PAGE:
Youngstown State falls to Oklahoma State in NIT first round, 69-64

Correspondent photo / Robert Hayes Youngstown State guard Dwayne Cohill puts up a shot during the second half of YSU's 69-64 loss to Oklahoma State in the opening round of the NIT.

YOUNGSTOWN — For as long as it could, Youngstown State held on for its life in an upset bid of Oklahoma State in its NIT debut.

Eventually, however, the shots stopped falling.

The final curtain dropped on the Penguins’ season Wednesday, as the Cowboys clamped down in the second half to take a 69-64 victory over YSU at the Beeghly Center in the first round of the NIT.

The Cowboys now will face Eastern Washington in the second round.

“I thought the game was really decided by us not making shots,” YSU coach Jerrod Calhoun said. “I know a lot of people will be happy we hung with them or whatever, but we felt like we should’ve beaten them. We felt all week long we could hang with them and beat them, and we didn’t get it done. So it’s a little bit disappointing. I don’t know if it was their length or size, but we had a lot of open shots (not fall) that we normally make, so that was the difference.”

The Penguins (24-10) led 37-33 at halftime and shot at a 41.9 percent clip (13-for-31) overall and 33 percent clip from three-point range (5-for-15).

But as the game wore on, the Cowboys (19-15) asserted their will, holding YSU to separate scoring droughts of 5:23, 3:22 and 4:48 of game time after halftime. All the while, the Cowboys went on gradual runs that deflated YSU’s crowd of 4,099 and rallied them from an eight-point deficit with 14:54 to go to a 54-52 lead with 6:53 left. It was OSU’s first lead since a 7-5 advantage with 17:01 to go in the first half.

The Cowboys pushed the advantage to as high as eight, 62-54 with 1:33 to go, and then hit enough free throws down the stretch to hang on.

YSU finished the game 22-for-62 overall and 8-for-28 from three.

“I think there were a few moments in the game we went scoreless for about five, six minutes, and we let them make some big shots that gave them the momentum. It was a big momentum shift,” YSU guard Dwayne Cohill said. “We had some key turnovers and didn’t get some rebounds, and that was the main thing. The main thing we said was don’t give (OSU) energy, and I just think we let them get into a rhythm in the second half, and they really took advantage of it.”

Oklahoma State sank just 13 out of 41 shots before halftime and went an icy 2-for-12 from beyond the arc. But in the second half, the Cowboys were much more efficient, still making 13 field goals, but needing only 30 shots to get there.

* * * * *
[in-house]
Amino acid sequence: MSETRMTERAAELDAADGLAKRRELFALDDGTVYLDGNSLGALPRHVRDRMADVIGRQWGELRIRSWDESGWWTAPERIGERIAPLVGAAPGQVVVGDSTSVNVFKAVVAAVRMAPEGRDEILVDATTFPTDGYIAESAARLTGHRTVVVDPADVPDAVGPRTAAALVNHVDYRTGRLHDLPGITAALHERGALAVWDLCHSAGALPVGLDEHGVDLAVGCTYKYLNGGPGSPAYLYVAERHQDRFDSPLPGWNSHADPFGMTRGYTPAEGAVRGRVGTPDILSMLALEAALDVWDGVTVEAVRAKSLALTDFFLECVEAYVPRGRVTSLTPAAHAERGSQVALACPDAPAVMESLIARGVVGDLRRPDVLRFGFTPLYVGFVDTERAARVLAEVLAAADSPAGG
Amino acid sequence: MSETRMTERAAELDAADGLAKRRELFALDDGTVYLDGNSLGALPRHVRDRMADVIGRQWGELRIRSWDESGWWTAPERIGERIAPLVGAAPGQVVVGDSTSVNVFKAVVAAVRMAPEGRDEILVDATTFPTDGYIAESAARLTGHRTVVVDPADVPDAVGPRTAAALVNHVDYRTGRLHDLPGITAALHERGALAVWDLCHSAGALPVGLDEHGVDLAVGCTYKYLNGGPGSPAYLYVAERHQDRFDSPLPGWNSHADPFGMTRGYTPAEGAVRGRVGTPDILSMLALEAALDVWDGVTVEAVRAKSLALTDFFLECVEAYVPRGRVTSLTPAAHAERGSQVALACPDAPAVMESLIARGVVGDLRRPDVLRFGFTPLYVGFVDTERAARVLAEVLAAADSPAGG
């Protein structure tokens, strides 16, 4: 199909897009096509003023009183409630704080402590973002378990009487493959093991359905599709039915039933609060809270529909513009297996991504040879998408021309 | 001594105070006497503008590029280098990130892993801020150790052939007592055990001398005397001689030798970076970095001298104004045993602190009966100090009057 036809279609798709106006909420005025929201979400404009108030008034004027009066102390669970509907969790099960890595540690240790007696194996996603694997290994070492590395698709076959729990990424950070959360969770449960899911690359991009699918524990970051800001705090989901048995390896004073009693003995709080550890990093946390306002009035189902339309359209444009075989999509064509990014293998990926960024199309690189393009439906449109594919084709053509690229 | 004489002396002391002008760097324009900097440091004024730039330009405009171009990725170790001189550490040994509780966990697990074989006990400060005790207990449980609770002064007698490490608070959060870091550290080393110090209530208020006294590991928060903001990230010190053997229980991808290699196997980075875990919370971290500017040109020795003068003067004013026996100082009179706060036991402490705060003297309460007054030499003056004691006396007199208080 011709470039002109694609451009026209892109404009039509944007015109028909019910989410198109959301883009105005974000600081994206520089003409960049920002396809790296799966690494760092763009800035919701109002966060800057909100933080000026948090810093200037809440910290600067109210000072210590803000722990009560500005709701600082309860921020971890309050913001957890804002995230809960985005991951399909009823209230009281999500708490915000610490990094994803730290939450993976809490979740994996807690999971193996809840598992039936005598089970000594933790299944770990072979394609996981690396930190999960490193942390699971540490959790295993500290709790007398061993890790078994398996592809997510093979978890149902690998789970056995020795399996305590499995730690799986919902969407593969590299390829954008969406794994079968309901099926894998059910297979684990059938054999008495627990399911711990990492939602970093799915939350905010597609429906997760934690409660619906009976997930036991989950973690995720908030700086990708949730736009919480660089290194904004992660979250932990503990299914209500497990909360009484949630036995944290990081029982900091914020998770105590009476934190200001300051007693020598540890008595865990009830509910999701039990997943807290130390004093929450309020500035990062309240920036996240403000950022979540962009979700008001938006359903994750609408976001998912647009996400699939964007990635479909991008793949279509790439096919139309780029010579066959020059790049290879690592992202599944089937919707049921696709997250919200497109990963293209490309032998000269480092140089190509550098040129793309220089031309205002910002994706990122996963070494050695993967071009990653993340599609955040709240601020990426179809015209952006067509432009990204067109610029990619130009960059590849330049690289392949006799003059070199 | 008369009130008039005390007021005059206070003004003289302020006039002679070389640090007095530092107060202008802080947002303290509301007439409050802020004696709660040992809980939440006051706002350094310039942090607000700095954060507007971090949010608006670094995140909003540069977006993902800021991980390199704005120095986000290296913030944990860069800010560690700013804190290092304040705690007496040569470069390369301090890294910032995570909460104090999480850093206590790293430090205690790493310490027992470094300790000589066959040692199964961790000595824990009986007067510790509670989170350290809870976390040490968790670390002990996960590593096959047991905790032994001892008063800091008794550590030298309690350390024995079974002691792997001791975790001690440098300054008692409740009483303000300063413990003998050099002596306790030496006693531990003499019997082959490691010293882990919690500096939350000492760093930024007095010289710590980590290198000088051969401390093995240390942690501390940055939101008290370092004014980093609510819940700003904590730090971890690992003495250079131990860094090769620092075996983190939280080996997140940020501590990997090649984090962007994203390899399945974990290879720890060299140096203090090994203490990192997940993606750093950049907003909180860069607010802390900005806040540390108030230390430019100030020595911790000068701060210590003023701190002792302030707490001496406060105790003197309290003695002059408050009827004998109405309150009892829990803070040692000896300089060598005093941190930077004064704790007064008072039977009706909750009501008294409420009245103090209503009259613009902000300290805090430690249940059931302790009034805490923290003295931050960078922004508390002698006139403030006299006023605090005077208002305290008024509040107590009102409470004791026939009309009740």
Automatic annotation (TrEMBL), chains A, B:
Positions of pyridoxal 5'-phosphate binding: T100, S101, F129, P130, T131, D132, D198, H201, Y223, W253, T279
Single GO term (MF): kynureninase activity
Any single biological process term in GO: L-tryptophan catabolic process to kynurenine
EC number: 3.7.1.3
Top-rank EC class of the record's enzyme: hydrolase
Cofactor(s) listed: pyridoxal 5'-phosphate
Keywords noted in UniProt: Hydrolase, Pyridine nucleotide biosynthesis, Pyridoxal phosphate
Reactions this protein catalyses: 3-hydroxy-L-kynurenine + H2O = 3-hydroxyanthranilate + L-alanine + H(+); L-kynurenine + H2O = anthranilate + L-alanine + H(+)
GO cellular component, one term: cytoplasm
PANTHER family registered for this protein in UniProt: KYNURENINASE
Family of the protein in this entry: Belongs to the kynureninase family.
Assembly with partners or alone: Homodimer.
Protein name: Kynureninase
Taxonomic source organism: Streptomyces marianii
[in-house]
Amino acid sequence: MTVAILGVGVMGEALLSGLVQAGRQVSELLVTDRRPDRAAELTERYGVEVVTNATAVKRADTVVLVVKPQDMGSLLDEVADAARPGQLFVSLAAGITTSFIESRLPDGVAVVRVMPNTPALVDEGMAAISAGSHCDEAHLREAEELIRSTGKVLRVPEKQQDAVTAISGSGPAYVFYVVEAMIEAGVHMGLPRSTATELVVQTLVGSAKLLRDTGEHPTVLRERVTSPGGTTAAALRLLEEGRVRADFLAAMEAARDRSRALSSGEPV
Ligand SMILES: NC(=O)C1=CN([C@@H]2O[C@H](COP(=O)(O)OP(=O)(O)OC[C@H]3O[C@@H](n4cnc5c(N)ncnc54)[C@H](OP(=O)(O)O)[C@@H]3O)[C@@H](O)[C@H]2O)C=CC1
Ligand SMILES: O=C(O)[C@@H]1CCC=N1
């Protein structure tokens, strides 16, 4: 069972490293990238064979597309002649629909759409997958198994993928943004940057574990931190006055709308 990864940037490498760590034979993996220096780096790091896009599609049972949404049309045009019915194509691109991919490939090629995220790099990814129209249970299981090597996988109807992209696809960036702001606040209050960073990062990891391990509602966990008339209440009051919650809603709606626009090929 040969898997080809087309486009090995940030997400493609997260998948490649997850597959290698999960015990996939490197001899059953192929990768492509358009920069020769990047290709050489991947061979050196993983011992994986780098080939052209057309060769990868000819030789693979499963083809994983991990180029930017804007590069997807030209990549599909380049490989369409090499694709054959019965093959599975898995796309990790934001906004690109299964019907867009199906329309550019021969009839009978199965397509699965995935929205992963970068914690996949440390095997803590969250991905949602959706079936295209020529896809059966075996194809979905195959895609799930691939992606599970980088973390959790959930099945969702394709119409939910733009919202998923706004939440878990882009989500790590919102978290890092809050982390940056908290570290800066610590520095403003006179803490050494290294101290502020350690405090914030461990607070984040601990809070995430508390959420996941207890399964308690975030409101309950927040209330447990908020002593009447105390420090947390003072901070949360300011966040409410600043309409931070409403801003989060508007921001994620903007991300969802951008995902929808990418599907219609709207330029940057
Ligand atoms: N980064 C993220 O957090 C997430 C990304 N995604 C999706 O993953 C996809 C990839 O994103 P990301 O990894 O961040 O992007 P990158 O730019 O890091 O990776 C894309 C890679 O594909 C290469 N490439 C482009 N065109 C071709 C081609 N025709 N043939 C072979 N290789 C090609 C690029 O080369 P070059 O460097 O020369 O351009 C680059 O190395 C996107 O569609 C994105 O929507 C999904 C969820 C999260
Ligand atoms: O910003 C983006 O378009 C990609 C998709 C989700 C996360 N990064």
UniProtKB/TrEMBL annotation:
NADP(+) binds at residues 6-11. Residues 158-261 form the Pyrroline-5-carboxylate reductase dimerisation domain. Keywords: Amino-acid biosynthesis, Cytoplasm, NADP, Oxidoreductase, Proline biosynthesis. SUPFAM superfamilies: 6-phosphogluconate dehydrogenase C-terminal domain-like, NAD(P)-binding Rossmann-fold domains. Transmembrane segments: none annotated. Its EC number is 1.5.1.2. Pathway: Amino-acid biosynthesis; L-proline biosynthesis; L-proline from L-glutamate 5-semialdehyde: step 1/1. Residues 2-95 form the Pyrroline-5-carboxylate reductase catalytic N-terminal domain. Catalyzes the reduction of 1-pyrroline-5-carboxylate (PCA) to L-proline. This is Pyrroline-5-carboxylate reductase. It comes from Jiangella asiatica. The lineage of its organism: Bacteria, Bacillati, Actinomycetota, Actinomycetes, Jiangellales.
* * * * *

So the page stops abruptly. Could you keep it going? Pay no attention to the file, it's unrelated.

The Cowboys also asserted their dominance in the paint as the game wore on. That came in large part thanks to Moussa Cisse, the 7-foot-1 forward who played just 6:26 in the first half due to foul trouble but finished with 10 points and 13 rebounds nonetheless. Tyreek Smith had 13 rebounds, while Quion Williams had 11.

As a team, OK State outscored YSU 44-28 in the paint and had a 23-10 advantage on second-chance points courtesy of 19 offensive rebounds.

As a whole, Oklahoma State had 49 rebounds to YSU’s 34.

“They outrebounded us by 15. I thought if we could keep it about half of that, (we’d win),” Calhoun said.

Cohill paced YSU with a game-high 25 points to go with five assists. Brandon Rush added 12 points, 10 of which came after halftime courtesy of a pair of three-pointers. Malek Green had eight points and 12 rebounds.

Cohill finished the season with 611 points and 164 assists, the first Penguin to score at least 600 points and record 150 assists in a season.

Five different Cowboys finished in double figures on a balanced night of offense. Smith led with 13 points, while Bryce Thompson, John-Michael Wright and Williams each scored 11 points to go with Cisse’s performance.

The 24 wins YSU attained are a new Division I record for the program and tie the all-time record. With that, Calhoun hopes to sustain the momentum into the offseason as the Penguins are tasked with replacing most of their key pieces in Cohill, Adrian Nelson, Green, point guard Bryce McBride and sixth-year guard Garrett Covington. That’s before any transfer portal hits.

“As I told the guys, it stinks tonight, but we’ll get over this,” Calhoun said. “What this city has done for our team, what the players have given to the city and university — not just the players, the coaches, the managers, our marketing team — there’s a lot of stuff that goes into this thing. … But just a remarkable year (with) a school record for wins, the first regular season (Horizon League) title. I can’t be more proud of this group.”



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